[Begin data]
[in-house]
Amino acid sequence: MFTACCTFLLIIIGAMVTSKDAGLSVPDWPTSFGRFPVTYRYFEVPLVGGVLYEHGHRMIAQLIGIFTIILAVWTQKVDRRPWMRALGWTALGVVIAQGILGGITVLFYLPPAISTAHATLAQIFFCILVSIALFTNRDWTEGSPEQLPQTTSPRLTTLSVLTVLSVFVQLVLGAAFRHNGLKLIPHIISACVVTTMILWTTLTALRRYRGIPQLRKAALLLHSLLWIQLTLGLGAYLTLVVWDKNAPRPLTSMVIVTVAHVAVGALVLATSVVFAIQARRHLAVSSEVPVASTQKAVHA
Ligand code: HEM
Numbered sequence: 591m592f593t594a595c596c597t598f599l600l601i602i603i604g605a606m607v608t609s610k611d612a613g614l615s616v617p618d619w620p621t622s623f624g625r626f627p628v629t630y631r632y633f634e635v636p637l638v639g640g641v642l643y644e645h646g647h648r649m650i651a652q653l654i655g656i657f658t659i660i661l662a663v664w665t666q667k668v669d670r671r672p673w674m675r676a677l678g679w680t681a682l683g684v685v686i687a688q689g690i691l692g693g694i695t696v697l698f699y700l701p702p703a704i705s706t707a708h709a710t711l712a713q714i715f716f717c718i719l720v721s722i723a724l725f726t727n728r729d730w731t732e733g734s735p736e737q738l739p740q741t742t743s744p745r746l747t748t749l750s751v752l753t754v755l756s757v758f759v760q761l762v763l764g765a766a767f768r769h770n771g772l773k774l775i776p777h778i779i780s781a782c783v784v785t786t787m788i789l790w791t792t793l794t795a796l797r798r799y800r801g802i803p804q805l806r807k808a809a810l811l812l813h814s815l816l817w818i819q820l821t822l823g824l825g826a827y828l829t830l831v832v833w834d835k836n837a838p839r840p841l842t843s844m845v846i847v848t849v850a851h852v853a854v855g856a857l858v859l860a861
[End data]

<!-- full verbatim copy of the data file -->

[in-house]
Amino acid sequence: MFTACCTFLLIIIGAMVTSKDAGLSVPDWPTSFGRFPVTYRYFEVPLVGGVLYEHGHRMIAQLIGIFTIILAVWTQKVDRRPWMRALGWTALGVVIAQGILGGITVLFYLPPAISTAHATLAQIFFCILVSIALFTNRDWTEGSPEQLPQTTSPRLTTLSVLTVLSVFVQLVLGAAFRHNGLKLIPHIISACVVTTMILWTTLTALRRYRGIPQLRKAALLLHSLLWIQLTLGLGAYLTLVVWDKNAPRPLTSMVIVTVAHVAVGALVLATSVVFAIQARRHLAVSSEVPVASTQKAVHA
Ligand code: HEM
Numbered sequence: 591m592f593t594a595c596c597t598f599l600l601i602i603i604g605a606m607v608t609s610k611d612a613g614l615s616v617p618d619w620p621t622s623f624g625r626f627p628v629t630y631r632y633f634e635v636p637l638v639g640g641v642l643y644e645h646g647h648r649m650i651a652q653l654i655g656i657f658t659i660i661l662a663v664w665t666q667k668v669d670r671r672p673w674m675r676a677l678g679w680t681a682l683g684v685v686i687a688q689g690i691l692g693g694i695t696v697l698f699y700l701p702p703a704i705s706t707a708h709a710t711l712a713q714i715f716f717c718i719l720v721s722i723a724l725f726t727n728r729d730w731t732e733g734s735p736e737q738l739p740q741t742t743s744p745r746l747t748t749l750s751v752l753t754v755l756s757v758f759v760q761l762v763l764g765a766a767f768r769h770n771g772l773k774l775i776p777h778i779i780s781a782c783v784v785t786t787m788i789l790w791t792t793l794t795a796l797r798r799y800r801g802i803p804q805l806r807k808a809a810l811l812l813h814s815l816l817w818i819q820l821t822l823g824l825g826a827y828l829t830l831v832v833w834d835k836n837a838p839r840p841l842t843s844m845v846i847v848t849v850a851h852v853a854v855g856a857l858v859l860a861